7 Days in Berlin (pt. 1)
Monday, November 10, 2014
Today’s post is about our visit to the Allied Museum as part of our high school’s reunion. I mentioned the overall schedule for the reunion weekend in my first post: The 25th Anniversary of the Fall of the Wall (part 1) . It went like this: Saturday evening, we gathered at the hotel for cocktails and appetizers. Then on Sunday everyone was free to explore the city and participate in the various 25th Anniversary events going on throughout the day and evening. I blogged about our 25th Anniversary fun here: The 25th Anniversary of the Fall of the Wall (part 2). Finally, on Monday we spent the day visiting our alma mater (Berlin American High School). After our visit to the school (which I also blogged about at the first link above), we boarded several buses to ride over to the Alliierten Museum Berlin.
The Allied Museum is comprised of items from three of the four Allied powers: the United States, Great Britain and France. The museum’s collection consists of permanent and temporary exhibits pertaining to the Cold War era. There are quite a few impressive items on display, most notably the open air exhibits: a British Hastings TG 503 airplane used in the Berlin Airlift, the dining car of a French military train, the last guardhouse from Checkpoint Charlie (US military) and a segment of the Berlin Wall.
We walked about the complex taking pictures and letting my son and Trisha take in the exhibits for the first time. Anastasia and Ivan had already been to the museum before, and this was my fourth time. Anastasia also used this time to get some more footage for the documentary she is making to accompany our book.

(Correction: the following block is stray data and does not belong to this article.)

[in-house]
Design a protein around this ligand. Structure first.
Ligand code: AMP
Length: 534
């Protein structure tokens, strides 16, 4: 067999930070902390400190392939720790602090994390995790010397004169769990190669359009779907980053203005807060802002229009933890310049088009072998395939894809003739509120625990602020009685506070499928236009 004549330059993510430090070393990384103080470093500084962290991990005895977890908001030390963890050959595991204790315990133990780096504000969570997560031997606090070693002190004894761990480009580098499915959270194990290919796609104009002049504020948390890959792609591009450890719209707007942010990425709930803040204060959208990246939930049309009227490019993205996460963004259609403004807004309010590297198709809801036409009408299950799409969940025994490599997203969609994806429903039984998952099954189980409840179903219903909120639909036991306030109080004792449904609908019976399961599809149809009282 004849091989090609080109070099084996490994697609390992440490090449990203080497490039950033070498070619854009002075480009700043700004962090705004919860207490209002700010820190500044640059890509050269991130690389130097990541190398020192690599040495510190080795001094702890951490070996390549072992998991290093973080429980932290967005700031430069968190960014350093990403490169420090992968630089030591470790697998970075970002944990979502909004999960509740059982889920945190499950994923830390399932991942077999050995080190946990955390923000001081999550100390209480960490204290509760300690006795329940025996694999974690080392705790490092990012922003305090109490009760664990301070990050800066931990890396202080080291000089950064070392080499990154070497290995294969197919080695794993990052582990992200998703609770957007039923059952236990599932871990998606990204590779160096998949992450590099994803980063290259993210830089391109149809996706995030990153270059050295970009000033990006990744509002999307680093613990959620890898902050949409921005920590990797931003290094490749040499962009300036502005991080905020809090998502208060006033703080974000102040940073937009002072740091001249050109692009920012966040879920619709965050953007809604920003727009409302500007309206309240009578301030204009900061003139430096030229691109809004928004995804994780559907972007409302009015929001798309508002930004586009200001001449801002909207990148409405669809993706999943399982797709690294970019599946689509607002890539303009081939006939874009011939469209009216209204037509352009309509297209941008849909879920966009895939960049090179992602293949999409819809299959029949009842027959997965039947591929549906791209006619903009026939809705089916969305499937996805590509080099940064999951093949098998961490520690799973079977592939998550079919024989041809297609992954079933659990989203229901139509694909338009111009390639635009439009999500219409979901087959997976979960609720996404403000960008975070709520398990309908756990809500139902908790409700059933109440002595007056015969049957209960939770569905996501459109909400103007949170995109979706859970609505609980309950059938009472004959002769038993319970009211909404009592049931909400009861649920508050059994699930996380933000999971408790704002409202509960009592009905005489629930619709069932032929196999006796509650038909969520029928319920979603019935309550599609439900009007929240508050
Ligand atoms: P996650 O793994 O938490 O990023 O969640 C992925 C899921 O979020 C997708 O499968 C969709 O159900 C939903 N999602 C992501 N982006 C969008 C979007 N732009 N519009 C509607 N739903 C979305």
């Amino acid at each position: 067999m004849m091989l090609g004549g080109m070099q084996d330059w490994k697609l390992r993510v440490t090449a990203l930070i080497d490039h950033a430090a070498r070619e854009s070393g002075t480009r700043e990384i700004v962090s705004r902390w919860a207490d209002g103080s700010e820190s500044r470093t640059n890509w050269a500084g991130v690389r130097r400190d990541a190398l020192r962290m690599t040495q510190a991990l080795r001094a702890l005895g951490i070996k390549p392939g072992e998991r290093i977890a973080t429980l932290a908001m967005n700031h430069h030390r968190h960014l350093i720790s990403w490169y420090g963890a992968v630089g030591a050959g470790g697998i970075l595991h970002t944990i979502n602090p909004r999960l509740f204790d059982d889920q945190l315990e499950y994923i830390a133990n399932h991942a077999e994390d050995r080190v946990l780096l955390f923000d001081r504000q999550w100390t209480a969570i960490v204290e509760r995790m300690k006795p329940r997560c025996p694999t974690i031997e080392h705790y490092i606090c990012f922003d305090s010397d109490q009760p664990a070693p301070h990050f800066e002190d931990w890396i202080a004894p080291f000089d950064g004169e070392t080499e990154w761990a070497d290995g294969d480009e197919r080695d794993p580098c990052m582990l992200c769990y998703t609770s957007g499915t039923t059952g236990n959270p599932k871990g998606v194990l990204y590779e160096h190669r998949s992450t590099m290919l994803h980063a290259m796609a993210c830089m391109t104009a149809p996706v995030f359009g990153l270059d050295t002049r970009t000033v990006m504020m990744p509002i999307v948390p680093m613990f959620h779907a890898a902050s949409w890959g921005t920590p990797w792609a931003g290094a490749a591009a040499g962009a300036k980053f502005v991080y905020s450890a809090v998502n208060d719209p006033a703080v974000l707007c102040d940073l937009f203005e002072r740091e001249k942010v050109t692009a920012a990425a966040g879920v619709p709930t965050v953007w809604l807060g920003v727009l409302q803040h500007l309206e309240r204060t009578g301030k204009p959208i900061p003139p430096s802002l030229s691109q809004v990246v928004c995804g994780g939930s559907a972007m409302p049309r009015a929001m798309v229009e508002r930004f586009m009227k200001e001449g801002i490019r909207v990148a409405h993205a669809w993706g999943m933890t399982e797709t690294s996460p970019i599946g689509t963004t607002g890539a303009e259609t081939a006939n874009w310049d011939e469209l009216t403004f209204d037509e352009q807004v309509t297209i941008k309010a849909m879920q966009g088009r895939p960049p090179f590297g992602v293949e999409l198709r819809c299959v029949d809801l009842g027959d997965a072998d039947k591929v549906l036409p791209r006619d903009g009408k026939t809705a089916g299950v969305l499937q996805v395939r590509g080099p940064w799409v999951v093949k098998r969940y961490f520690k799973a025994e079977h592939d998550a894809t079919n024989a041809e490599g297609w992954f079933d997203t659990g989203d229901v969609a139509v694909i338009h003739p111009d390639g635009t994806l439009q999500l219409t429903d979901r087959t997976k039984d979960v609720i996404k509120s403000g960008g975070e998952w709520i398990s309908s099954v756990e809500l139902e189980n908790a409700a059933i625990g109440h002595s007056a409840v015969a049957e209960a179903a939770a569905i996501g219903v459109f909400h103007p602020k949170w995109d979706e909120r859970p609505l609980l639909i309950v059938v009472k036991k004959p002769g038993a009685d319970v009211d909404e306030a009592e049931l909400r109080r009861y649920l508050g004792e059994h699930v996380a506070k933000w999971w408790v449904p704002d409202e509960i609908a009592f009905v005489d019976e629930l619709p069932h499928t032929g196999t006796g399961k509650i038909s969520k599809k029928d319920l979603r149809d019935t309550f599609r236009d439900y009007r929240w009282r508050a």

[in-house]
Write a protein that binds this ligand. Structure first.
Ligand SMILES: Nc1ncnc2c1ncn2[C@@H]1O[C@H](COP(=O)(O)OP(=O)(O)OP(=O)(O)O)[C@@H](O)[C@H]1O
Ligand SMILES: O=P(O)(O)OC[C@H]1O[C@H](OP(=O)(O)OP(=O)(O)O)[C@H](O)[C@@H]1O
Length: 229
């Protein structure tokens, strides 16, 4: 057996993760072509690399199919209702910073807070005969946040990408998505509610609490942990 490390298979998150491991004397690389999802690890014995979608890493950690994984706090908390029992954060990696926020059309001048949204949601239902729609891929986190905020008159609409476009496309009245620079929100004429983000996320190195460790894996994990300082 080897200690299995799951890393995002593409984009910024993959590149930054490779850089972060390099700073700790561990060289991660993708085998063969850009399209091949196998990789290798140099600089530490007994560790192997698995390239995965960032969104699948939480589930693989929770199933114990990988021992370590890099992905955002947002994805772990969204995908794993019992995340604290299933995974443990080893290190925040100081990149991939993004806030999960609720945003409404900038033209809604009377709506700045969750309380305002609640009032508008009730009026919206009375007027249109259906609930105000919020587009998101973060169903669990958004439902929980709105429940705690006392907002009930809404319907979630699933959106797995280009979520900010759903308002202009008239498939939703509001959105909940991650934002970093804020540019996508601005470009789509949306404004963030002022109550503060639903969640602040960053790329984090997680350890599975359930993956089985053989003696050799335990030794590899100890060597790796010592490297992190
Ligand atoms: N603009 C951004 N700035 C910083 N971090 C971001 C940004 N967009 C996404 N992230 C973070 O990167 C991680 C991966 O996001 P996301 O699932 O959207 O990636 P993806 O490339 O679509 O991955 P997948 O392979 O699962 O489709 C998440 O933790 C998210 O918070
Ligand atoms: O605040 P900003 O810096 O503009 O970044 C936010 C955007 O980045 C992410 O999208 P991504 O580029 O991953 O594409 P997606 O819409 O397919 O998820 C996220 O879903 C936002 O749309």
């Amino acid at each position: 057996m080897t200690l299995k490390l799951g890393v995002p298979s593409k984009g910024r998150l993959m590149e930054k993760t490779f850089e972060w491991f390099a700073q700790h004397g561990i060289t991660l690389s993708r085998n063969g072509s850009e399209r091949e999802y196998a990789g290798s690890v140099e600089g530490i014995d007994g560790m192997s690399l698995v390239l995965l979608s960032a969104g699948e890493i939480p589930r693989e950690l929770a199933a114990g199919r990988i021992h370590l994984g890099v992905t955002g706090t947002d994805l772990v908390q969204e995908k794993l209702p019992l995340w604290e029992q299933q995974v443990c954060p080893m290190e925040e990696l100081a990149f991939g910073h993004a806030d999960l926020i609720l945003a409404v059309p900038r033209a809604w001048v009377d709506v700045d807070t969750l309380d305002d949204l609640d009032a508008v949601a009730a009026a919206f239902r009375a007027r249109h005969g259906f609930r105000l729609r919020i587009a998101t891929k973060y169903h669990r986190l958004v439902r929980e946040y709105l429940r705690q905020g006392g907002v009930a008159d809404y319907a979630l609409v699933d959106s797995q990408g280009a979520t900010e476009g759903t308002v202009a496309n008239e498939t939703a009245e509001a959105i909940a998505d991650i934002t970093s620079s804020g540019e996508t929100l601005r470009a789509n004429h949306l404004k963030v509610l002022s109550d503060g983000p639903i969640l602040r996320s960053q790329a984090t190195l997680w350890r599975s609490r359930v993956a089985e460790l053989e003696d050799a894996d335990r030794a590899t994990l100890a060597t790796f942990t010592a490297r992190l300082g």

After the buses dropped us back off at the reunion hotel, the five of us decided to get some street food, something that tends to be a part of the culinary tradition of most walking cities. In Berlin, Döner Kebab is king. When we lived there in the 80s, Currywurst was king, but now it may arguably be a close second. Döner is really kind of a fusion food– before the fad of labeling food ‘fusion.’ Honestly, there are many foods brought by immigrants to a new land that become fusion. The largest ethnic minority in Germany is Turkish (at least until the recent influx of Syrian refugees). The Turks came to Germany during the 60s and 70s to fill a labor void in Germany, and according to an agreement with the Turkish government, were meant to be there only temporarily. Many ended up remaining and raising their families there. The Turks brought with them the wonderful kebab which is a popular part of Mediterranean cuisine– it is similar to the Greek gyro and Arab Shawarma.
The Döner was developed to suit German tastes. It is meat roasted on a vertical spit, shaved off and served in a very large square pita with salad fixings stuffed in and drizzled with your choice of sauces: yogurt, hot, garlic or herb. I wanted Trisha and Christian to experience the deliciousness that is Döner, so we went to a place across the street from he reunion hotel. As expected, it was Delish! After that, we went to the new mall across from the hotel on the corner of (Schlosstrasse) and Albrecthstrasse, called das Schloss (the castle). Das Schloss is a modern mall that has been integrated into the existing architecture of the old Rathaus Steglitz (town hall)– a red neo-Gothic structure built in 1898. The mall had some great shops, but my favorite was an Italian gelato shop. I’m lactose intolerant here in the US, but not in Germany (they must be adding something to our dairy here in the US). So I gorge myself on ice cream and anything dairy when I’m there. I miss dairy so much!